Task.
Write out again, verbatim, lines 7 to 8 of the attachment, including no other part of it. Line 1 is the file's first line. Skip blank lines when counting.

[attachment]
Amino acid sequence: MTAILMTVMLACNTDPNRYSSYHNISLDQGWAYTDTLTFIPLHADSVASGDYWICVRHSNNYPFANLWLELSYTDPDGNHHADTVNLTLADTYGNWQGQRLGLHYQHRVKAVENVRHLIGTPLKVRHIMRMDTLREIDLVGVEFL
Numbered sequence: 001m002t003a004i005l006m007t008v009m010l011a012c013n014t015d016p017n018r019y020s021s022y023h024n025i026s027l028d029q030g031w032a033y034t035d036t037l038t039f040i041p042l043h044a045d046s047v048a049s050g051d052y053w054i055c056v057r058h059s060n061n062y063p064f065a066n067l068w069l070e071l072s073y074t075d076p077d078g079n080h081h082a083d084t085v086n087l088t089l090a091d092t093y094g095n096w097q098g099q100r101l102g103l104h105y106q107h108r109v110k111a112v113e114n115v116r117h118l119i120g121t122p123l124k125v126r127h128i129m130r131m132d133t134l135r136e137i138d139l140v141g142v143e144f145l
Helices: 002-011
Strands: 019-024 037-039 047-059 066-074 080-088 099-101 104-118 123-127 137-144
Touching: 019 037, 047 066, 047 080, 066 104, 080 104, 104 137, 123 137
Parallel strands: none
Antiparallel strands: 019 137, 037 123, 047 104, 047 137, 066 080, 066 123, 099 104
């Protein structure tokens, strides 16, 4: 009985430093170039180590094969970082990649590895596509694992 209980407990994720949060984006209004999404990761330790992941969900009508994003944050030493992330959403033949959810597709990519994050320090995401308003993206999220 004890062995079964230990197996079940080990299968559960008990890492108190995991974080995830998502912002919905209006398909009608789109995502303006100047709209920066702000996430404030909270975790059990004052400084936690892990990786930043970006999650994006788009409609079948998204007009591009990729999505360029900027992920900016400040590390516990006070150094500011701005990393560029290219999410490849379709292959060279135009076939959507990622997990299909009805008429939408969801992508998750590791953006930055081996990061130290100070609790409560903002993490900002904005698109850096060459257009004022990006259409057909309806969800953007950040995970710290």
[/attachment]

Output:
Antiparallel strands: 019 137, 037 123, 047 104, 047 137, 066 080, 066 123, 099 104
């Protein structure tokens, strides 16, 4: 009985430093170039180590094969970082990649590895596509694992 209980407990994720949060984006209004999404990761330790992941969900009508994003944050030493992330959403033949959810597709990519994050320090995401308003993206999220 004890062995079964230990197996079940080990299968559960008990890492108190995991974080995830998502912002919905209006398909009608789109995502303006100047709209920066702000996430404030909270975790059990004052400084936690892990990786930043970006999650994006788009409609079948998204007009591009990729999505360029900027992920900016400040590390516990006070150094500011701005990393560029290219999410490849379709292959060279135009076939959507990622997990299909009805008429939408969801992508998750590791953006930055081996990061130290100070609790409560903002993490900002904005698109850096060459257009004022990006259409057909309806969800953007950040995970710290």